The menu has continental and British fare and includes a mean breakfast platter. With a large waffle with maple syrup, sausages, perfectly-fried hash browns, a grilled tomato, slices of brown bread, eggs made your way and a bowl of baked beans, this is a meal you’d work through slowly.
Recommended: The breakfast platters. 

 

M&T breakfast

 

Raghavendra Stores, Malleswaram railway station

This traditional, unpretentious joint serves cheap and authentic south Indian Brahmin food. They make very few dishes, but make them exceedingly well. Idli, vada, shavige bhath, khara bhath, bisibele bhath, kesari bhath—that’s the long and short of their menu. And yet, you have people coming from across town to dig into this food. The idlis are soft and well-rounded. The crunchy vadasare pepped up by bits of green chilly, coconut and pepper stuffed into them. And finally, this is one of the few places in town that serve shevige bhat, a spicy dish made of rice vermicelli with seasoning.
Recommended: Idli vada and shevige bhath

Raghavendra Stores  idli-vada 1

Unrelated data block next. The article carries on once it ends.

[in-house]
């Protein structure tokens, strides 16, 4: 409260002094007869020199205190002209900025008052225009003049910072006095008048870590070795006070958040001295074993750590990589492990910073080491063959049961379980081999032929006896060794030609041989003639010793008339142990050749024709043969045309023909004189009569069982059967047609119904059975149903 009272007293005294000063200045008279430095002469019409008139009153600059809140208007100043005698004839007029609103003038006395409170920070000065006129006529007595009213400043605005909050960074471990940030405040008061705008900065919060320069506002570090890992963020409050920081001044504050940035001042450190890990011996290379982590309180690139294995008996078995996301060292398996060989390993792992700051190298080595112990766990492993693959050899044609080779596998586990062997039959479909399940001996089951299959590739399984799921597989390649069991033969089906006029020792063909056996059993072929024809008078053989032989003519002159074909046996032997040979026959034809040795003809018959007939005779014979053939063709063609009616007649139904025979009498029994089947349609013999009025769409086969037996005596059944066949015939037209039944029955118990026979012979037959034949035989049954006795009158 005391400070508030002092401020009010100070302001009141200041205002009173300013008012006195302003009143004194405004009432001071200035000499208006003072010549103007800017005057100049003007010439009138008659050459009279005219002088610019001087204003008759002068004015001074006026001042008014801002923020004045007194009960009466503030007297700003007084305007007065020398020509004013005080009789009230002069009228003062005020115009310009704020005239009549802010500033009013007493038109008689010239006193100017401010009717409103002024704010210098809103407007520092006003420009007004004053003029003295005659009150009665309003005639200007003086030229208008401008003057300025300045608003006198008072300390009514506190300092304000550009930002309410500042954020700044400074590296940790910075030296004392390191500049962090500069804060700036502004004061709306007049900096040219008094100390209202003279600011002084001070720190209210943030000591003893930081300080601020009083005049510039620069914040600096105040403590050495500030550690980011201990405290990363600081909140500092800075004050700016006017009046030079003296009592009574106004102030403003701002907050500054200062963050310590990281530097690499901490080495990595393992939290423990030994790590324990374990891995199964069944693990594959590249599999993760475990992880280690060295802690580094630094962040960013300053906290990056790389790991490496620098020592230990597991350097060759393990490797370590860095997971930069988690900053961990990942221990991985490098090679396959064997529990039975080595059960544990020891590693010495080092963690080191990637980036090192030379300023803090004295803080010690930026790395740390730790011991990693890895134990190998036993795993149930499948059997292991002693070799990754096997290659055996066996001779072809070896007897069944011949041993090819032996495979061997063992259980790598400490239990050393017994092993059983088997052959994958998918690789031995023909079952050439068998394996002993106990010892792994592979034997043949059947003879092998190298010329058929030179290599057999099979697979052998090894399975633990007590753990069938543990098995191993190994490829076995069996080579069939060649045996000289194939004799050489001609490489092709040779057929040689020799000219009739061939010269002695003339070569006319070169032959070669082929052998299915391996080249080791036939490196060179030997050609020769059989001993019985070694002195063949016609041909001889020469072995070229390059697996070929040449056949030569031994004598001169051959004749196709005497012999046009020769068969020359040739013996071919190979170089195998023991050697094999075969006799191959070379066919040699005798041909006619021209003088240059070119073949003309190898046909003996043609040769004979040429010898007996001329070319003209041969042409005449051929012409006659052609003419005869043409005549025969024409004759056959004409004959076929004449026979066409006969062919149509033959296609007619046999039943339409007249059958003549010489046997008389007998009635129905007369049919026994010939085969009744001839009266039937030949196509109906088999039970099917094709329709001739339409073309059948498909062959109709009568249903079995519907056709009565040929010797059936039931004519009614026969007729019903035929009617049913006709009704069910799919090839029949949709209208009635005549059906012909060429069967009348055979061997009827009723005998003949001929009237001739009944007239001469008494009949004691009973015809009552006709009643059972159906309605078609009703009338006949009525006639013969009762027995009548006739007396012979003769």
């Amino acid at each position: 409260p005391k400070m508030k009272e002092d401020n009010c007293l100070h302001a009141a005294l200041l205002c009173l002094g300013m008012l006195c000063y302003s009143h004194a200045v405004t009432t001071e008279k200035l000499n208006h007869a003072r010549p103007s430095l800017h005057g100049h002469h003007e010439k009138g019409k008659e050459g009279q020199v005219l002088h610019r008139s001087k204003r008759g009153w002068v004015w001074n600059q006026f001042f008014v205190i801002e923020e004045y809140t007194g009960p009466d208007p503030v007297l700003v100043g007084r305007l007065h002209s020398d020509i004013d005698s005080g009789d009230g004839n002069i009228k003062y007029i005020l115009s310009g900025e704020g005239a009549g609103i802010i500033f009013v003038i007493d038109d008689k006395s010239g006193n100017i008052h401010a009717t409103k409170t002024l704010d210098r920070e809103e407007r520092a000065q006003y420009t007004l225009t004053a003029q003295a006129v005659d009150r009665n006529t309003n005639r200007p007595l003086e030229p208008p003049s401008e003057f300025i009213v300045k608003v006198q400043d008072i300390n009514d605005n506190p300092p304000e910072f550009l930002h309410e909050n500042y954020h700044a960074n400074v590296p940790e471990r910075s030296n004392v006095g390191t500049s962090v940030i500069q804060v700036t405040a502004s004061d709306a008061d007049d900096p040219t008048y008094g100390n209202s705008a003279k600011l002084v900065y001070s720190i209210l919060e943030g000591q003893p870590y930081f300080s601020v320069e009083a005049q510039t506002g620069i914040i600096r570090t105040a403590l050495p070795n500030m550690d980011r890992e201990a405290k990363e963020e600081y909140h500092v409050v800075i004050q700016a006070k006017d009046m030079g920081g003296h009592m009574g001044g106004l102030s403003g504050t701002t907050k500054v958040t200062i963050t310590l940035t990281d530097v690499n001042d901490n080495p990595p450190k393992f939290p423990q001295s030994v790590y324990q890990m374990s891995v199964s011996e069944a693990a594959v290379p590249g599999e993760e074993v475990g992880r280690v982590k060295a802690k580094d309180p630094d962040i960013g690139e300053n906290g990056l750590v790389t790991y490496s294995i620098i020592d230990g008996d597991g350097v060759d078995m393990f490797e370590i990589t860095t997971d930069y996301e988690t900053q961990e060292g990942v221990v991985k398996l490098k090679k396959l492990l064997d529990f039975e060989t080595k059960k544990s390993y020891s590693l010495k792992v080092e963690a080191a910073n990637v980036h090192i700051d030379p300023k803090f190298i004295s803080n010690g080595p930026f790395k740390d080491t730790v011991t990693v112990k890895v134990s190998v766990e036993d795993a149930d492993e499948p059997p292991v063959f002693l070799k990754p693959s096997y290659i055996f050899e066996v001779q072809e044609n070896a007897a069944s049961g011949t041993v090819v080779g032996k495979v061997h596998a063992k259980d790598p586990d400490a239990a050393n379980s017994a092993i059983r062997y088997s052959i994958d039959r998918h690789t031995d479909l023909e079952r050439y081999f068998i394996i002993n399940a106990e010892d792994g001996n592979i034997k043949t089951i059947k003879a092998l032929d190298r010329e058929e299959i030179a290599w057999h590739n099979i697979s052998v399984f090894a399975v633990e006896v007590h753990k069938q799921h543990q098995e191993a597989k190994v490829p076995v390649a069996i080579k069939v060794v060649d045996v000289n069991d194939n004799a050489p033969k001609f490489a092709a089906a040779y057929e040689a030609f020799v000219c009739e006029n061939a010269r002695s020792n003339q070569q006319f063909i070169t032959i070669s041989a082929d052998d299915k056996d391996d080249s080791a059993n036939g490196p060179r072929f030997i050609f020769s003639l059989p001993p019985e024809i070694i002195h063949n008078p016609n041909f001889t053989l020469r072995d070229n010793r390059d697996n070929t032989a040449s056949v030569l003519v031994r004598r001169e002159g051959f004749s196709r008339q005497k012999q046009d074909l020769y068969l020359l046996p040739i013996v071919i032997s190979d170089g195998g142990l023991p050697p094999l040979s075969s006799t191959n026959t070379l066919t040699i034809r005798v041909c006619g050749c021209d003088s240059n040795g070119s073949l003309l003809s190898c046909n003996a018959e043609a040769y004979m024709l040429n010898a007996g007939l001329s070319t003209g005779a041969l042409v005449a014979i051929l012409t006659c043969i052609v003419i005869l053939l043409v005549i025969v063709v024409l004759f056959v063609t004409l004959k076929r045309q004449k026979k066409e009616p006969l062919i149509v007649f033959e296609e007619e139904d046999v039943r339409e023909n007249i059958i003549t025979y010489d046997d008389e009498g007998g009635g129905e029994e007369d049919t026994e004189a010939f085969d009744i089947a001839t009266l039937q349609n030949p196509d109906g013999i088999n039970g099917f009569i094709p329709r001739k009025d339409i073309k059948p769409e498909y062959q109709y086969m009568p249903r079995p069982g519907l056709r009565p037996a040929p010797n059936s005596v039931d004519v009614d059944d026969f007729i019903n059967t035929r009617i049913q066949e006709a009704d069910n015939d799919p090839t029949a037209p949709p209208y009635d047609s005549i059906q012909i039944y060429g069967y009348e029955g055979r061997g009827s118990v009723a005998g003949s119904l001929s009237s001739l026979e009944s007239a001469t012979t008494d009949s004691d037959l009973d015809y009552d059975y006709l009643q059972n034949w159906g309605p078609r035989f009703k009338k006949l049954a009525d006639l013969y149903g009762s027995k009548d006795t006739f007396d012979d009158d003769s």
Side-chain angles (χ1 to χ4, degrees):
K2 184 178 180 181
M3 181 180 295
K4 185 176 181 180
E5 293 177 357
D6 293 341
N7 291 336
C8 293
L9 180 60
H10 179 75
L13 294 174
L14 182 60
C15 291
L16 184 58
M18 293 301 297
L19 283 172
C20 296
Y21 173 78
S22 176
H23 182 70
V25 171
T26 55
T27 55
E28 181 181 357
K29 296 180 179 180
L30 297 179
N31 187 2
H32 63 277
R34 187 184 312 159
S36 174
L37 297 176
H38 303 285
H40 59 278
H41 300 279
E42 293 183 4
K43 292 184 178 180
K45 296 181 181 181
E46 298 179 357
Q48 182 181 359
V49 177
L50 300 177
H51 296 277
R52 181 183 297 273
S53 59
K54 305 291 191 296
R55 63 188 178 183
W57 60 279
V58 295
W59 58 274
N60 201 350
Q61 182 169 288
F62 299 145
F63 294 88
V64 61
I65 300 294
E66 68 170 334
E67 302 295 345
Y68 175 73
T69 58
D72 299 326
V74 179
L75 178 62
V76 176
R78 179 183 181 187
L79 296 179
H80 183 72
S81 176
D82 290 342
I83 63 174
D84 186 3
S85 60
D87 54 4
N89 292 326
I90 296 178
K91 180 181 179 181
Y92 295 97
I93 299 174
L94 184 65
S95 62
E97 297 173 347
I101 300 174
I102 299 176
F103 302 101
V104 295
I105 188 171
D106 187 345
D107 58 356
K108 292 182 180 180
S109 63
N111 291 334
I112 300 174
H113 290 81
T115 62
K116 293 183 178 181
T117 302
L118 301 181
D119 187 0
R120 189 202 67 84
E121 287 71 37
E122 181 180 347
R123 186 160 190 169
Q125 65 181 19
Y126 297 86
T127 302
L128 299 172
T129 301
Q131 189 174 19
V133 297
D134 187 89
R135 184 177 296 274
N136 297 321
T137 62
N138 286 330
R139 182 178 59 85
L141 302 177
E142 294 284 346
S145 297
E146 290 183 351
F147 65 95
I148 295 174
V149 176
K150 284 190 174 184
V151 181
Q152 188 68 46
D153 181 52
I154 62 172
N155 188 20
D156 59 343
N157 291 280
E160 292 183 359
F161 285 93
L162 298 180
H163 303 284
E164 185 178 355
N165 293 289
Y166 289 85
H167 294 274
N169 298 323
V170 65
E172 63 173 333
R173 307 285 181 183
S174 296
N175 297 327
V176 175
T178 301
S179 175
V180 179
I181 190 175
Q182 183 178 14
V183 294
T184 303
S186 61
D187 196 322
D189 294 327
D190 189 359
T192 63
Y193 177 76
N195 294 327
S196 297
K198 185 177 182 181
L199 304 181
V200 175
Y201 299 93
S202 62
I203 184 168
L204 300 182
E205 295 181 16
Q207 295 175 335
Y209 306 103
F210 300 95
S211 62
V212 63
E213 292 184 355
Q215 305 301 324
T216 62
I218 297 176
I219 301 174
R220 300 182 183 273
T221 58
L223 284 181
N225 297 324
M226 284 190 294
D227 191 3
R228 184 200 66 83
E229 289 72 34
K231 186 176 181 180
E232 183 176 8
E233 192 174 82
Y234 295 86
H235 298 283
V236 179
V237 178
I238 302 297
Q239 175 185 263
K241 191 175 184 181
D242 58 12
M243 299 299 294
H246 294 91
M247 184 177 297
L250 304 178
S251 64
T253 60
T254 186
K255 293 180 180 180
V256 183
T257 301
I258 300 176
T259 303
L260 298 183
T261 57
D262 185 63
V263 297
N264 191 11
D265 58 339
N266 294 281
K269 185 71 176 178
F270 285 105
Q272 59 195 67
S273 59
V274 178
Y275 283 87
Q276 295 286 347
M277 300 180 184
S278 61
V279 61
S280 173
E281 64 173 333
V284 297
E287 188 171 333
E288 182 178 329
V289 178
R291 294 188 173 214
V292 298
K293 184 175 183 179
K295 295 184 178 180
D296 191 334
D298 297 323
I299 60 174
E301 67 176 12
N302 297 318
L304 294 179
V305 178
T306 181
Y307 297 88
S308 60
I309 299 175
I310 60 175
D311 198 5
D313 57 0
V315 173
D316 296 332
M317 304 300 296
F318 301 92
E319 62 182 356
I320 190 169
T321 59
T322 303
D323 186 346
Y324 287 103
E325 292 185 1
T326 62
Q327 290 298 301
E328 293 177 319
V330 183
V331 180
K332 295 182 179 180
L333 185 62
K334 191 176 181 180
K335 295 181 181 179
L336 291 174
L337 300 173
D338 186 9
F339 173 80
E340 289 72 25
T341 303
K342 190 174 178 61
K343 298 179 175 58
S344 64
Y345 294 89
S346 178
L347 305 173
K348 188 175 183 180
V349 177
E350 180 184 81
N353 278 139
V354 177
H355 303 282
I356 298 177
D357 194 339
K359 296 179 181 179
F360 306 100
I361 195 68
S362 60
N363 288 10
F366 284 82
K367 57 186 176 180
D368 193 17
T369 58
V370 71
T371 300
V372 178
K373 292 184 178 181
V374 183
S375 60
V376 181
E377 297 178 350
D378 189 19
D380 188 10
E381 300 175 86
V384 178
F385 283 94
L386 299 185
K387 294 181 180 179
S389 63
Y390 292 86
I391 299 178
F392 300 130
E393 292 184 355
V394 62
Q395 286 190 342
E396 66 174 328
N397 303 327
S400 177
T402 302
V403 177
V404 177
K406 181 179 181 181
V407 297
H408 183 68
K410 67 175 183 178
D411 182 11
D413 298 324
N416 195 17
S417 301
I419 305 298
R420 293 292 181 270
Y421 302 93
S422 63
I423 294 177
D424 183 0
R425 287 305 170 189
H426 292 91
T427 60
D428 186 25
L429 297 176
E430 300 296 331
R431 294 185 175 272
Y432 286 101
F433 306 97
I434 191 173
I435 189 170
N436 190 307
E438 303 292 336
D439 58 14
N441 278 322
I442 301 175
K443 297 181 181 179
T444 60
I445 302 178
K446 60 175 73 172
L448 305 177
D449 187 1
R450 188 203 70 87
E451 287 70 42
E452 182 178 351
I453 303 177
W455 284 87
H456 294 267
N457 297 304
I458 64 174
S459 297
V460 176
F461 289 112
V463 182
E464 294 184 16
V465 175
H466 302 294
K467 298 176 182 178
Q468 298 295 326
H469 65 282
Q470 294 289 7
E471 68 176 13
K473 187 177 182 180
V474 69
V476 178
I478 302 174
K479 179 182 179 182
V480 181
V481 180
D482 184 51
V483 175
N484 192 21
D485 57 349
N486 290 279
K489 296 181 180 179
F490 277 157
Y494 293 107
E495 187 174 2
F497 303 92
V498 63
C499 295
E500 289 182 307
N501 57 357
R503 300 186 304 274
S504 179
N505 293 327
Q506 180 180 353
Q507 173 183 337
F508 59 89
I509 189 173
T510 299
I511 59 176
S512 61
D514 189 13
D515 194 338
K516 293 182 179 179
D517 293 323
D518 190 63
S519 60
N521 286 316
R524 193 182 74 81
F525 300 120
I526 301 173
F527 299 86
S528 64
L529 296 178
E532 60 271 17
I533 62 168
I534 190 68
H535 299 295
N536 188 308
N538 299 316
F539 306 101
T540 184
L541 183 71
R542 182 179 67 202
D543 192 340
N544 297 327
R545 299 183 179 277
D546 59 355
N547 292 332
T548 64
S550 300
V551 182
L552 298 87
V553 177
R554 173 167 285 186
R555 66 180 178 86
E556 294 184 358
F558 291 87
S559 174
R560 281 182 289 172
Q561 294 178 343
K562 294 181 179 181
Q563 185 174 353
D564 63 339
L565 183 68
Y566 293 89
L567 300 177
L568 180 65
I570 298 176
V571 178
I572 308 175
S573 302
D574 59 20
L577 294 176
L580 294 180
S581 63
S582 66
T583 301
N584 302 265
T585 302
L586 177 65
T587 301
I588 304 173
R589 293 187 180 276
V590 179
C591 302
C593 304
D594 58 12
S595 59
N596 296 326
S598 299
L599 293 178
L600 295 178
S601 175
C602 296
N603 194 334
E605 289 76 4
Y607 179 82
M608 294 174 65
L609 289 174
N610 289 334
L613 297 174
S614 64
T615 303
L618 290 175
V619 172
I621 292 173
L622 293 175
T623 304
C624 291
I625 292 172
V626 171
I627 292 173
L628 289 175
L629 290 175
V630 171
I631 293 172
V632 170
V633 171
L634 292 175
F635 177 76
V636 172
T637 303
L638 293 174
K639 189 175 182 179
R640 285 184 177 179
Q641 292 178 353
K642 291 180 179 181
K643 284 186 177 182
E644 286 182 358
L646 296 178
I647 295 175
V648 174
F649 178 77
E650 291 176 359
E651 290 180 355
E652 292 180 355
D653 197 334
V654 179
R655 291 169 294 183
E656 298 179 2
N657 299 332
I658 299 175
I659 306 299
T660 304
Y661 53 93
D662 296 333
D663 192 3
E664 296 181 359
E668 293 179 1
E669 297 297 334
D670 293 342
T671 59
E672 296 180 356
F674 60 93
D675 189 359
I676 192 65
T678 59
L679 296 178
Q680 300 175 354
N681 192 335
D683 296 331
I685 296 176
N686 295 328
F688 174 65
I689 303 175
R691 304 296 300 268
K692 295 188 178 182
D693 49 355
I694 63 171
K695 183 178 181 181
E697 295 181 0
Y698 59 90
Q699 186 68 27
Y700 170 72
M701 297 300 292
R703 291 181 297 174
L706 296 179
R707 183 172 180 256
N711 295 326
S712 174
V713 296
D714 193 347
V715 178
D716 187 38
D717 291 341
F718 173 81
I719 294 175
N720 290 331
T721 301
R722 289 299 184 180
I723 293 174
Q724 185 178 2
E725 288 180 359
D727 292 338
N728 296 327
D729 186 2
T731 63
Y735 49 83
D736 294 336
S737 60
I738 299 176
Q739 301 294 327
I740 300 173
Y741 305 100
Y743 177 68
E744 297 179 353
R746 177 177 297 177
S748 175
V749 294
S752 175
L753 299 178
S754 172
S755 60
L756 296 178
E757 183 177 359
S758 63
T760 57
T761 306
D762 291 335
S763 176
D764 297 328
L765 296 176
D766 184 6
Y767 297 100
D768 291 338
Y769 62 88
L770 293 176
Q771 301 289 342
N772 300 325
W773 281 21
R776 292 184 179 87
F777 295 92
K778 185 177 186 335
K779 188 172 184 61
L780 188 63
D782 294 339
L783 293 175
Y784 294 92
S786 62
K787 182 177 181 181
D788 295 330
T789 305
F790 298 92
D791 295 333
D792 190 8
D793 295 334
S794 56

Airlines Hotel, Off Lavelle Road

How would you like to breakfast with birds, in the shade of a large, decades-old tree? Bangaloreans have been doing just that for half a century at the Airlines Hotel. A venerated institution on the city’s foodscape, Airlines is a throwback to a more leisurely era. Most things about the place have remained unchanged over the years, including the delicious fare. You can linger over your food before chasing it down with superb filter coffee, served in thick-bottomed glasses that have all but vanished from other restaurants here.
Recommended: Akki roti, rava idli, filter coffee

Airlines Hotel masala dosa 1

 

 

South Indies, Indira Nagar

If you want to breakfast like a king, head over to South Indies. Here, you get delicacies from all south Indian regions under one roof, in a fine-dining ambience. The lavish breakfast buffet is an excellent repast, complete with dessert.

 

Suryawanshi, Indira Nagar